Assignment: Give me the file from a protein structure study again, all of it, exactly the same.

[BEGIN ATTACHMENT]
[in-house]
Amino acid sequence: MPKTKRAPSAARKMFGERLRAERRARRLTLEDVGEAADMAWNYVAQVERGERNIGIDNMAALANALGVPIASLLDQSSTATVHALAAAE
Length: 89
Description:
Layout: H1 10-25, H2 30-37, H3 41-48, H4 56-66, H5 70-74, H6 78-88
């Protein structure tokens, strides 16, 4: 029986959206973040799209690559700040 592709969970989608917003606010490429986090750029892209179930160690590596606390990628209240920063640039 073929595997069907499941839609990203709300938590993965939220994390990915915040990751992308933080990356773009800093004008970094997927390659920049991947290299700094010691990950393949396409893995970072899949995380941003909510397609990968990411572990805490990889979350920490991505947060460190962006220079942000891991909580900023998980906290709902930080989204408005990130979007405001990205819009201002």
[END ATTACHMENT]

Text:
[in-house]
Amino acid sequence: MPKTKRAPSAARKMFGERLRAERRARRLTLEDVGEAADMAWNYVAQVERGERNIGIDNMAALANALGVPIASLLDQSSTATVHALAAAE
Length: 89
Description:
Layout: H1 10-25, H2 30-37, H3 41-48, H4 56-66, H5 70-74, H6 78-88
């Protein structure tokens, strides 16, 4: 029986959206973040799209690559700040 592709969970989608917003606010490429986090750029892209179930160690590596606390990628209240920063640039 073929595997069907499941839609990203709300938590993965939220994390990915915040990751992308933080990356773009800093004008970094997927390659920049991947290299700094010691990950393949396409893995970072899949995380941003909510397609990968990411572990805490990889979350920490991505947060460190962006220079942000891991909580900023998980906290709902930080989204408005990130979007405001990205819009201002």